Monday, July 19, 2010


A former Mujahideen fighter, now a senior NCO in the Afghan National Army (ANA) is bringing medical care to remote villages in central Helmand with help from ISAF forces in a program known as Village Medical Outreach (VMO). Dur Mohammad joined the Mujahideen in 1987 to fight the Russian occupation and he’s been fighting ever since. He’s been shot 3 times and he pulls down his T shirt to reveal the scar left by a bullet.

When the Russians left, the Taleban came and in between fighting he turned to medicine, training in Kabul. He joined the ANA nearly 5 years ago and for most of that time he’s been working on a primary healthcare programme bringing medicines and treatment to small villages in the area around Camp Bastion.

Afghan National Army soldiers and gunners from No1 Squadron RAF Regiment setting up a reception area for a primary health care clinic at the village of Habibabad

Although the village of Habibabad is not far from a patrol base, the surrounding area is far from benign. A US armoured vehicle recently triggered an IED and the insurgents are running a programme of intimidation. Treatment is hard to get anywhere else. The nearest medical facilities are more than 50 kilometres away at Lashkah Gar and with no roads and few vehicles it’s not an easy trip. When the convoy arrives at the village there is an outer cordon of armoured vehicles already in place. ANA, RAF Regiment and US troops watch the surrounding desert for any sign of impending trouble.

Eventually a lone man carrying a small child appears in the distance and strides towards the red tape forming a barrier around the clinic and waiting area. Everyone watches and sure enough, he wants to come in. It opens the floodgates.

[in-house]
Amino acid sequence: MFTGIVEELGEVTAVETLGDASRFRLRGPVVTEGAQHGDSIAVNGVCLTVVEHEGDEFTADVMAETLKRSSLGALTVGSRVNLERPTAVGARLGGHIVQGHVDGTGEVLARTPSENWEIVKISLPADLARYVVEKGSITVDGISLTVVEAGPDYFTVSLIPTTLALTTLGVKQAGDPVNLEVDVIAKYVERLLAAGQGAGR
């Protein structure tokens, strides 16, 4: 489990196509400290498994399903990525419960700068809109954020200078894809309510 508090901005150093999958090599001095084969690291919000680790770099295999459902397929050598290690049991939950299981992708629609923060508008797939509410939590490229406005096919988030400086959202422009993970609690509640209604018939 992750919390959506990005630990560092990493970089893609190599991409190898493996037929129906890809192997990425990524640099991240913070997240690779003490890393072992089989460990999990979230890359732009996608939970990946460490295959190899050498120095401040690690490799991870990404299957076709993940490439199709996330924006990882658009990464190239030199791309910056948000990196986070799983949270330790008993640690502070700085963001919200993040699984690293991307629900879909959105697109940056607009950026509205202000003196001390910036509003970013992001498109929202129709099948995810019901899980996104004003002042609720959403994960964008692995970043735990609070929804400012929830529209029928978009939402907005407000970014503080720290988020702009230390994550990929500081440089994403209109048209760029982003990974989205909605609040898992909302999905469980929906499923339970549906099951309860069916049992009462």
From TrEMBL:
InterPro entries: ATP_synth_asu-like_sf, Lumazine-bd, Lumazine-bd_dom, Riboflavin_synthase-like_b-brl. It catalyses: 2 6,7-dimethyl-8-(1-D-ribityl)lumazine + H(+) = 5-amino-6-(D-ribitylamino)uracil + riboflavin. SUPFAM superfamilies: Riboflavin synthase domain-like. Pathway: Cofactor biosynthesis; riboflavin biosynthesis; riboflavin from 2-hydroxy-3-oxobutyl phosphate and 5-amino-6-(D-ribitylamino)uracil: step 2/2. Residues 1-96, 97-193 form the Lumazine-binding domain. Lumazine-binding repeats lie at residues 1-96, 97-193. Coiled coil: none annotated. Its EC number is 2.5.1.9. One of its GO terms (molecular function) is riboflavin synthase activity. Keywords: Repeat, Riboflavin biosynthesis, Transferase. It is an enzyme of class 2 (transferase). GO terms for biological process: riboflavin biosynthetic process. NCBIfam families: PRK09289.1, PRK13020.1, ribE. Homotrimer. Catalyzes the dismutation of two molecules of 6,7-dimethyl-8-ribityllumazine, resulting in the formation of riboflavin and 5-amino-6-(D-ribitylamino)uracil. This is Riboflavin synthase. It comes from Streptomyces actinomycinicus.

Staff Sergeant Dur Mohammad treats a villager in the clinic

Everyone wanting treatment, even the babies, is searched away from the waiting area but no-one minds. The first patient smiles cheerfully as he goes through an airport style search with his little son. First the metal detector, then a thorough pat down by an ANA soldier. He is seen in the clinic and given medicine provided by a charity. Dur Mohammad says, “Most of the patients come with headaches, pains in the stomach, eye complaints, skin complaints. The children have worms and get diarrhoea in the hot weather. We can also perform minor surgery.”

Dur Mohammad became a Mujahideen to fight against a foreign invader. When asked why he now works with the ISAF forces he says: “I joined the army to serve my country. This is different. We are working together for the good of Afghanistan. It’s a really good job. I am happy to help our people”.

Photos: Wg Cdr Steve Dargan/MOD

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